She sat beside the desklamp with the letter in her hands and breathed a sigh of relief and joy. And one of whistfulness over the passage of time. She took off her wire-rims. Long years had passed and she was no longer chasing essays across the street. And from the darkness behind her the form of Mr. Ramirez appeared to place his comfortable hand on her shoulder.

until it came time for the birthday cake

Down on the Strand the moon arose over Javier's little birthday party. Everything was going just great until it came time for the birthday cake. Marlene managed to get some cake fixings together from gleanings at the food bank, but the candles were wanting. A proper birthday cake features candles, and with Javier approaching sixty, he was deserving of at least a few. So Martini got up some wire "candles" with wicks he got from some poi dancer friends he had at The Crucible where boys and girls were fond of dancing around with flaming balls and stuff. He hooked this up to a propane tank and set this apparatus on the House Flexible Flyer wagon and Jesus got some bottlerockets to add to this so as to make a really fine birthday cake which Marlene did not know about because they did not tell her.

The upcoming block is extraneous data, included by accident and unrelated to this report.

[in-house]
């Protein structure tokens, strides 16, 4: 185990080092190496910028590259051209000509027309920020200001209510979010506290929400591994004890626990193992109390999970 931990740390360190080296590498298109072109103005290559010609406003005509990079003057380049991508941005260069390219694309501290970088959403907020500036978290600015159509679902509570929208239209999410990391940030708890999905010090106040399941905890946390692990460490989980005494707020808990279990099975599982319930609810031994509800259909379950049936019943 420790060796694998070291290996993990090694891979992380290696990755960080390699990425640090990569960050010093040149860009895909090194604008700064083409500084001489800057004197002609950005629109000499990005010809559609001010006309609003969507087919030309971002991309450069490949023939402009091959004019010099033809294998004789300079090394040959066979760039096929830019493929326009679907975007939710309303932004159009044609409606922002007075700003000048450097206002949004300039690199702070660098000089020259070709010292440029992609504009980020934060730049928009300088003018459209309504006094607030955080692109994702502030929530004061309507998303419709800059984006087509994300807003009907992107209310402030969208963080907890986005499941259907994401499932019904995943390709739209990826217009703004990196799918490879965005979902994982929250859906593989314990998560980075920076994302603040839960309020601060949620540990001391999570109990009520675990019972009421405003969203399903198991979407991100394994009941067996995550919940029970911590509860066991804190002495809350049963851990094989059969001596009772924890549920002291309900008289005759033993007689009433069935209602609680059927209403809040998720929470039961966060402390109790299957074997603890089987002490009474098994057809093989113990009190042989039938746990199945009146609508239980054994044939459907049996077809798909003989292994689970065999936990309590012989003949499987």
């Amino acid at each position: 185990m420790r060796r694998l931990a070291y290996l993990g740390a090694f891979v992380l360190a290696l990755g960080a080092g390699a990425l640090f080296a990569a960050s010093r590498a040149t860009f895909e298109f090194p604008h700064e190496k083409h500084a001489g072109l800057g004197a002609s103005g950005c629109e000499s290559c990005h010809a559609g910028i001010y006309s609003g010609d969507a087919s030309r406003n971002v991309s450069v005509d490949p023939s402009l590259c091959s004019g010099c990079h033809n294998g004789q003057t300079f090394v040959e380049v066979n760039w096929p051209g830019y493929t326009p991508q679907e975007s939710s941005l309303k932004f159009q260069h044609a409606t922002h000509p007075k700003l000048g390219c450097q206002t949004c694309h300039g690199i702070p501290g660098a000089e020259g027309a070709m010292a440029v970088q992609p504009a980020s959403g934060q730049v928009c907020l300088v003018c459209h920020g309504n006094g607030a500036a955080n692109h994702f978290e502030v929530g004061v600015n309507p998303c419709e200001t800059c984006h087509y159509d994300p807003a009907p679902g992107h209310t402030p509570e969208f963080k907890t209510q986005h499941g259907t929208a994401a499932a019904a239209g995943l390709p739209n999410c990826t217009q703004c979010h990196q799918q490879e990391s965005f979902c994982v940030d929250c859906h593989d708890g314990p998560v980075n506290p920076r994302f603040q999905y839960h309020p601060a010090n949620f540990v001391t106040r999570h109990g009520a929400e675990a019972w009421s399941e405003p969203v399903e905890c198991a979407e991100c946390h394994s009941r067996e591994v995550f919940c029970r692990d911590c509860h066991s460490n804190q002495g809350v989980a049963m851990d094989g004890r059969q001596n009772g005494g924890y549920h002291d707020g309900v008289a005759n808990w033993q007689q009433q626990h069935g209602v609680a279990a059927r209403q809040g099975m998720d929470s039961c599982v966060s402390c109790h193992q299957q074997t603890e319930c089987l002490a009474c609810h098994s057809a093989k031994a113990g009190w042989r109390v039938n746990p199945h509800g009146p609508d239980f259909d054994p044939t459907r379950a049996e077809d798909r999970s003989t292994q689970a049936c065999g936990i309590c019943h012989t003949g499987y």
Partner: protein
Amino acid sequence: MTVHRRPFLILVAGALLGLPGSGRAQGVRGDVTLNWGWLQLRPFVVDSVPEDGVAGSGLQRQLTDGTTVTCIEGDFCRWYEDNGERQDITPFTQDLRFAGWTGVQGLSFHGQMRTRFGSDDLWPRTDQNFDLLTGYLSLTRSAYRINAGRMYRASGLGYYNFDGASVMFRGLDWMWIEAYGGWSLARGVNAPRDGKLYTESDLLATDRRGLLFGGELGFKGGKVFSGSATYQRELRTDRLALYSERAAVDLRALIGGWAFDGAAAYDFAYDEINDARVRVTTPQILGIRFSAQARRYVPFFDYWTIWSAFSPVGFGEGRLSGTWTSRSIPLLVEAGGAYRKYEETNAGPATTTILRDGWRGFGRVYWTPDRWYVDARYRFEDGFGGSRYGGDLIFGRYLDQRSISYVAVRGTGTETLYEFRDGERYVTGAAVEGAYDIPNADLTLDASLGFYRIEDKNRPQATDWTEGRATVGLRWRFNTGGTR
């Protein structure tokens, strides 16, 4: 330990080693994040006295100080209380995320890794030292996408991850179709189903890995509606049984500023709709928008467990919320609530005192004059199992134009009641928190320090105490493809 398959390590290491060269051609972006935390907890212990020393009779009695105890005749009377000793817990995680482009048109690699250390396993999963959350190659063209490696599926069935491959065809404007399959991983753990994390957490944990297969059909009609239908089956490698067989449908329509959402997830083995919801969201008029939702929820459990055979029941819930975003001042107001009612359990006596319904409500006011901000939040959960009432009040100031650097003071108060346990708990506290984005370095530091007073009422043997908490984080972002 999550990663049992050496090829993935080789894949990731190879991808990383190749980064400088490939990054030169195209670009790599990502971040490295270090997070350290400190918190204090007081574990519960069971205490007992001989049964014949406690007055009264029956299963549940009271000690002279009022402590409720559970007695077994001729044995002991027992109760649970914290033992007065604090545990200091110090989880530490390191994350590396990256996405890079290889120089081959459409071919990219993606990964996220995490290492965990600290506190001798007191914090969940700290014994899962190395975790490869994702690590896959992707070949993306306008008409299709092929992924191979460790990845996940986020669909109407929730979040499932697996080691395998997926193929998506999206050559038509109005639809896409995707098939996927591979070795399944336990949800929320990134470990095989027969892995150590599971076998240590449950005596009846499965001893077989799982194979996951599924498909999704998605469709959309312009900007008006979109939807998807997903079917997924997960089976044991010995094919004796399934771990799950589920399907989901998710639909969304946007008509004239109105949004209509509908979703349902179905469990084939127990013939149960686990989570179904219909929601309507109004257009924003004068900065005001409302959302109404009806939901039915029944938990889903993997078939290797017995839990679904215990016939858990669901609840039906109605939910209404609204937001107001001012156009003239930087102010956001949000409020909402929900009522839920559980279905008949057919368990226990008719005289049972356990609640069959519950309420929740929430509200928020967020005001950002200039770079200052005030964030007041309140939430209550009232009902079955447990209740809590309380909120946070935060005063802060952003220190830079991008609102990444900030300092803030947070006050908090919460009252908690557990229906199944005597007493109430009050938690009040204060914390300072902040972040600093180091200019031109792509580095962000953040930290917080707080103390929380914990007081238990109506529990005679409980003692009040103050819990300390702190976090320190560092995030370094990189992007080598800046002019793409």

So the gang thought it really a good idea to tow not only the cake but Javier as well in the little red wagon down to the beach, and Denby and Pahrump made ready to tow the wagon down to the water, but who should show up but Roxanne, one of Javier's latest affairs. Roxanne had flaming red hair, fingernails to match, a leopardskin tube top, a short leather skirt and six inch stiletto heels and a personality to match.

She also wielded a fireman's ax and she was upset on not having been invited to the birthday party.

It might be said that Roxanne could get upset about just about anything or nothing at all for she had quite a temper on her, but the less said about that the better.